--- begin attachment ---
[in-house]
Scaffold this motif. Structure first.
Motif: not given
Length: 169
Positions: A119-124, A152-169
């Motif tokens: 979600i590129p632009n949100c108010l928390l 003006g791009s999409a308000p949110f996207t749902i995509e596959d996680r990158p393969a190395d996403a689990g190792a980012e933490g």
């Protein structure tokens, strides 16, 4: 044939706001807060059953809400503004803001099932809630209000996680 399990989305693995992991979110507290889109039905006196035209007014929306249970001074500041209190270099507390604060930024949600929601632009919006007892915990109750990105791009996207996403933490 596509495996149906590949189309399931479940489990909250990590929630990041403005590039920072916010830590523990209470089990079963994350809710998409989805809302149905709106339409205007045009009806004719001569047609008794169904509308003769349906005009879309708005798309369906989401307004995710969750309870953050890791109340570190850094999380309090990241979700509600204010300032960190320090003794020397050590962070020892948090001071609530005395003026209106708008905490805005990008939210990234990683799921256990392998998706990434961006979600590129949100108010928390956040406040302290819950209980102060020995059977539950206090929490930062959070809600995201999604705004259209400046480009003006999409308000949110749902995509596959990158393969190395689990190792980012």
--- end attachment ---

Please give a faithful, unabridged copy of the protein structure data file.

[in-house]
Scaffold this motif. Structure first.
Motif: not given
Length: 169
Positions: A119-124, A152-169
């Motif tokens: 979600i590129p632009n949100c108010l928390l 003006g791009s999409a308000p949110f996207t749902i995509e596959d996680r990158p393969a190395d996403a689990g190792a980012e933490g």
């Protein structure tokens, strides 16, 4: 044939706001807060059953809400503004803001099932809630209000996680 399990989305693995992991979110507290889109039905006196035209007014929306249970001074500041209190270099507390604060930024949600929601632009919006007892915990109750990105791009996207996403933490 596509495996149906590949189309399931479940489990909250990590929630990041403005590039920072916010830590523990209470089990079963994350809710998409989805809302149905709106339409205007045009009806004719001569047609008794169904509308003769349906005009879309708005798309369906989401307004995710969750309870953050890791109340570190850094999380309090990241979700509600204010300032960190320090003794020397050590962070020892948090001071609530005395003026209106708008905490805005990008939210990234990683799921256990392998998706990434961006979600590129949100108010928390956040406040302290819950209980102060020995059977539950206090929490930062959070809600995201999604705004259209400046480009003006999409308000949110749902995509596959990158393969190395689990190792980012």